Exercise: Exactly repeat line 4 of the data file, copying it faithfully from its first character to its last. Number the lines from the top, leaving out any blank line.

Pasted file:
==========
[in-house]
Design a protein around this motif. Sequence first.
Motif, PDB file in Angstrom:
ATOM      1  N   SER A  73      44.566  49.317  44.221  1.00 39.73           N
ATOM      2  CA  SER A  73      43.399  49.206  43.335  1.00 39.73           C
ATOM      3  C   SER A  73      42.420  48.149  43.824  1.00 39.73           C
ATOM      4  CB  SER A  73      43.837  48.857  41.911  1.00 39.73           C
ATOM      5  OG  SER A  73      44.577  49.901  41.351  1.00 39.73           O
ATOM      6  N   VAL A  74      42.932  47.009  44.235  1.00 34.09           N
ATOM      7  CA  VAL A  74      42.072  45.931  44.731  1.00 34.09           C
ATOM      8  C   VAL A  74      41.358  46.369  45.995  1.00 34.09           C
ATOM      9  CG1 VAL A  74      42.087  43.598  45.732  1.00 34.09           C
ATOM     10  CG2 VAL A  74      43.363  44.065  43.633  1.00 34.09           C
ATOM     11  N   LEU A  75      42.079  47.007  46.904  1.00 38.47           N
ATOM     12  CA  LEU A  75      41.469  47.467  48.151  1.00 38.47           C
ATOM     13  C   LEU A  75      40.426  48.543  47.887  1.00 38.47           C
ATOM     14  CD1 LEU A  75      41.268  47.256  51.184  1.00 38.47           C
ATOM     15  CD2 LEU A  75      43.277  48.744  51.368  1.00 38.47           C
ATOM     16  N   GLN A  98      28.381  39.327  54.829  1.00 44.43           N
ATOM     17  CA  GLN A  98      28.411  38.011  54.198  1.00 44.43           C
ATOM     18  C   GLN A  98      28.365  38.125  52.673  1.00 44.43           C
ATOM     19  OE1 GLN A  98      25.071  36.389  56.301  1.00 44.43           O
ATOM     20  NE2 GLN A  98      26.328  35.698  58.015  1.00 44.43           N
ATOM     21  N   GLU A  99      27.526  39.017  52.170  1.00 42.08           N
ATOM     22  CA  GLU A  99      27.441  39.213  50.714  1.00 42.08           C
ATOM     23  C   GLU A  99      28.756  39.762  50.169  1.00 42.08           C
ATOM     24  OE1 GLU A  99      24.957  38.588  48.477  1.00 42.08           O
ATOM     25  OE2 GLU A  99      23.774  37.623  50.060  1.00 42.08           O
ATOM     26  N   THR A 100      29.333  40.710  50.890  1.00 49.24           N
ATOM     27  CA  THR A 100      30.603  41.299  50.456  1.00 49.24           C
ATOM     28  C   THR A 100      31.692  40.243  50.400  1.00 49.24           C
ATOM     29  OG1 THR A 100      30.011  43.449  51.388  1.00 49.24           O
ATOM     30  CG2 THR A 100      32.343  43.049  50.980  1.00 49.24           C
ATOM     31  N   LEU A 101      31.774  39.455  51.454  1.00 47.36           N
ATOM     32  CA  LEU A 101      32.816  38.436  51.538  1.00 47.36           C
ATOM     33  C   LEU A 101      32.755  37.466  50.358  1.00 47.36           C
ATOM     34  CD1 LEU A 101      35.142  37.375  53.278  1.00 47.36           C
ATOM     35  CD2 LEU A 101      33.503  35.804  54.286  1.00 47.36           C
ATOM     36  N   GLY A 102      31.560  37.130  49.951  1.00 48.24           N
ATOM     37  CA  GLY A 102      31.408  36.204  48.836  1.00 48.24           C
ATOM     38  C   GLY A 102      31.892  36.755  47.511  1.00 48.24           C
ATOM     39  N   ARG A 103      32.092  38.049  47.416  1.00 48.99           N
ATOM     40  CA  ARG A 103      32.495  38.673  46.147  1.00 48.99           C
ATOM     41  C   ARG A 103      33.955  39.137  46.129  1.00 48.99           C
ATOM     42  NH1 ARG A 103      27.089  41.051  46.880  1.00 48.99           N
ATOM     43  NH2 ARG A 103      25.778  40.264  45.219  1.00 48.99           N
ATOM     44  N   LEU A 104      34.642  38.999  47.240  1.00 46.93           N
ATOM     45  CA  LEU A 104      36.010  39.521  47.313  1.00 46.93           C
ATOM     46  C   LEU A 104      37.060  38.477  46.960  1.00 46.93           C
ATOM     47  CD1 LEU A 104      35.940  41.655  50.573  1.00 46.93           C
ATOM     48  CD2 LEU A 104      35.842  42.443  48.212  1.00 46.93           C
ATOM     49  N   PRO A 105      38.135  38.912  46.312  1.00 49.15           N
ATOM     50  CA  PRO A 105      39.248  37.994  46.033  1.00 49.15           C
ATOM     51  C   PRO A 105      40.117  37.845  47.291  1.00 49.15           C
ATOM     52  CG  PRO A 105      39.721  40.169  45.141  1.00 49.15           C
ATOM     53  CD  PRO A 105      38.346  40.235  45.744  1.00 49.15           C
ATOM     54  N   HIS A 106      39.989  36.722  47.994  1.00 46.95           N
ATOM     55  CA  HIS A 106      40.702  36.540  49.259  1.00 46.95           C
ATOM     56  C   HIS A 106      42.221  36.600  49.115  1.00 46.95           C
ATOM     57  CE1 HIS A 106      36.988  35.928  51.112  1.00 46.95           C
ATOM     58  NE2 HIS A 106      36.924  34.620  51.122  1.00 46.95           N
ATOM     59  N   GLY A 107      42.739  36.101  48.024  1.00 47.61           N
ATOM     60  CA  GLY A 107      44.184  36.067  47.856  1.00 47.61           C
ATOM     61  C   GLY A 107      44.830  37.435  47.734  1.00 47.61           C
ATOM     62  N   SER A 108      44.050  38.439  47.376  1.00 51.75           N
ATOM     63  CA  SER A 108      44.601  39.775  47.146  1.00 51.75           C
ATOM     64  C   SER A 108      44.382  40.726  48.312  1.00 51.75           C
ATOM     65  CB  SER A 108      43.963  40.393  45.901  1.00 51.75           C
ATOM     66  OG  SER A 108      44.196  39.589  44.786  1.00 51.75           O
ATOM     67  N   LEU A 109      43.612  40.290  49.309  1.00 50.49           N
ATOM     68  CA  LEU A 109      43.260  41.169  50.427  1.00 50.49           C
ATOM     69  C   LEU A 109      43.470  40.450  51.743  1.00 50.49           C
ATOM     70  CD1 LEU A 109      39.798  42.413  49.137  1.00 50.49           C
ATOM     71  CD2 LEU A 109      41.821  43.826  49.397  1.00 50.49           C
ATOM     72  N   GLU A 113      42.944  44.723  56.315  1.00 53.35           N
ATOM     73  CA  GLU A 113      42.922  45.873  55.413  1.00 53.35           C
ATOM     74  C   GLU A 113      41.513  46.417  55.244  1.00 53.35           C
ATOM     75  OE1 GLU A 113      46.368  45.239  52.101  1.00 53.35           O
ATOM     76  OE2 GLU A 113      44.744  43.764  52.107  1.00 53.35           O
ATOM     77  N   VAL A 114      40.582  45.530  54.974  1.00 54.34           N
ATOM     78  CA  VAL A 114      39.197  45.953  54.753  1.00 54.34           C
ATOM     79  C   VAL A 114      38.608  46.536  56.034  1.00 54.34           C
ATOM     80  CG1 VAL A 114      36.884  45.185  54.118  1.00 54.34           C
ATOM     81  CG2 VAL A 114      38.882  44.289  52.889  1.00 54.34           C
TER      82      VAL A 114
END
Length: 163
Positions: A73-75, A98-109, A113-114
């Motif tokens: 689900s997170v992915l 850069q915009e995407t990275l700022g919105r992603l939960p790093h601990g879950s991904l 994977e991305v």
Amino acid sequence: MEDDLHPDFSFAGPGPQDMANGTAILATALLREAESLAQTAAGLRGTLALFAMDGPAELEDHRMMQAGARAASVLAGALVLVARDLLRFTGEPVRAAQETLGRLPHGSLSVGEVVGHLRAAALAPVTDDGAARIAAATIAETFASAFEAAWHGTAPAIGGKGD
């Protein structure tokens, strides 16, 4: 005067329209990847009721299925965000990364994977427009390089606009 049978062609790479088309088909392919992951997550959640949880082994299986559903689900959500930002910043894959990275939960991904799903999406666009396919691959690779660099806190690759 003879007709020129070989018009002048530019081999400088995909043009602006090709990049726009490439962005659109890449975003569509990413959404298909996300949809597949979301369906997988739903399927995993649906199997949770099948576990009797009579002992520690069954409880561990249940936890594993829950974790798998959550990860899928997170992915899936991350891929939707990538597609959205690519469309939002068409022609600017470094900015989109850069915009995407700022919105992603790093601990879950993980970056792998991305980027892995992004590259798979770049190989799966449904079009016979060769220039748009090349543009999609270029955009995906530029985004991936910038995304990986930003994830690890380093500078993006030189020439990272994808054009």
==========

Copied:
ATOM      1  N   SER A  73      44.566  49.317  44.221  1.00 39.73           N